Japan’s Princess Mako postpones marriage to Kei Komuro
Japan’s Princess Mako and her commoner fiance Kei Komuro have postponed their highly anticipated engagement and wedding until at least 2020, saying they were not yet ready for marriage.
The wedding, which had been set for November, was to be a momentous occasion for the country and the Japanese royal family, led by Emperor Akihito, who plans to abdicate in April 2019.
But the couple said they were now having second thoughts about marrying so soon. “It is because of our immaturity and we just regret it,” the couple said in a statement Tuesday.
Excitement swept the country when the Imperial Household announced last year that plans were underway for the princess to marry a commoner she’d met five years previously at International Christian University in Tokyo.
Before his introduction as the royal fiance, Komuro was better known as the “Prince of the Sea,” after appearing in a beach tourism campaign for the city of Fujisawa, south of the capital.
In the statement, Mako said they had “rushed various things” and needed more time to plan their future together.
“I wish to think about marriage more deeply and concretely and give sufficient time to prepare our marriage and for after the marriage,” Mako said.
The couple had planned to become formally engaged in a traditional ceremony on March 4, ahead of their wedding on November 4.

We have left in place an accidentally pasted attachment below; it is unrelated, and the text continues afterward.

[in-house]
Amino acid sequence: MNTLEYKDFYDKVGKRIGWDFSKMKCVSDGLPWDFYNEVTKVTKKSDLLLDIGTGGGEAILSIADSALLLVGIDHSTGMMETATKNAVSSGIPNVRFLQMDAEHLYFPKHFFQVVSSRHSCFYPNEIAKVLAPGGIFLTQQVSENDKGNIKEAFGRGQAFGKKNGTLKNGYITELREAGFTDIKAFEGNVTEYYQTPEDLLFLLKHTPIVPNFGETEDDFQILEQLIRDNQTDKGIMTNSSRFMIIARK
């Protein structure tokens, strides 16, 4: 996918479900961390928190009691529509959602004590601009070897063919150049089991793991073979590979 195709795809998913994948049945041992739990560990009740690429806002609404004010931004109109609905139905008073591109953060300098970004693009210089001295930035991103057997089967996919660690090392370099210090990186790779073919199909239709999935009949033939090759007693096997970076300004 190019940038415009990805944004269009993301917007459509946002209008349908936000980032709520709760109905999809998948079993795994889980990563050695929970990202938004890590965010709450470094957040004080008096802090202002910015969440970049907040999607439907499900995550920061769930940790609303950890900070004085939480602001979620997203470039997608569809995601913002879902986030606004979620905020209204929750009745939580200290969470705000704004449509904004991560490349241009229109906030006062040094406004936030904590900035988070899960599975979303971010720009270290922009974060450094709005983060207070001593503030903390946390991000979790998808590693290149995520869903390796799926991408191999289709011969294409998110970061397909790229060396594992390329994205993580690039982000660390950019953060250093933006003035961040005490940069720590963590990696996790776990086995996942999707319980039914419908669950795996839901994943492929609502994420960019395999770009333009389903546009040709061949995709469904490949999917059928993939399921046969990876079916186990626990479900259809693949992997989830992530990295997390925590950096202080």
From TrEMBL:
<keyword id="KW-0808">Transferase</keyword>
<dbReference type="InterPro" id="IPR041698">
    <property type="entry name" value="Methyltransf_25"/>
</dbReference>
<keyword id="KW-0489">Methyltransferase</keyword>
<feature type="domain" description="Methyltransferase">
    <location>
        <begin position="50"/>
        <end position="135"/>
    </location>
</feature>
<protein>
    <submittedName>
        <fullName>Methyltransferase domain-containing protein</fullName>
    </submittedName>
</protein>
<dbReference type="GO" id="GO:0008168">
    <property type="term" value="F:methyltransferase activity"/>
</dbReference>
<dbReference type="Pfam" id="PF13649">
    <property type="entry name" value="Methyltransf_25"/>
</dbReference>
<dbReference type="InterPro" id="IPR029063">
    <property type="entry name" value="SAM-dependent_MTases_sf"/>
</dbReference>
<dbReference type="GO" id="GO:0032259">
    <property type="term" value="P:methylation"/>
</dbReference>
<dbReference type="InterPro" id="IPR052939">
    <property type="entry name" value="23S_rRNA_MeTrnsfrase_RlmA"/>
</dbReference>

Imperial Household sources told CNN the postponement was due to “lack of preparation.”
Princess Mako “came to recognize the lack of time to make sufficient preparations,” the household said.
The princess had told her grandparents, Emperor Akihito and Empress Michiko, about the postponement, who are said to have shown respect for her decision.
“We feel extremely sorry for causing great trouble and further burden to those who have willingly supported us,” Mako said in the statement.
Under centuries-old Japanese law, the marriage would require Princess Mako to give up her royal status. The last royal to do so was her aunt, Sayako, the only daughter of Emperor Akihito, when she married town planner Yoshiki Kuroda in 2005.
Imperial law allows the throne to be passed only to male heirs, of which there are only three: Crown Prince Naruhito, his younger brother Crown Prince Akishino, and Akishino’s son, Prince Hisahito.
Naruhito is set to succeed his father on May 1, 2019, becoming the 126th Emperor to ascend to Japan’s Chrysanthemum Throne.
In addition to Princess Mako, there are six other unmarried princesses. They would, too, lose their royal status if they were to marry commoners, a possibility that could leave the imperial family without enough members to carry out its public duties.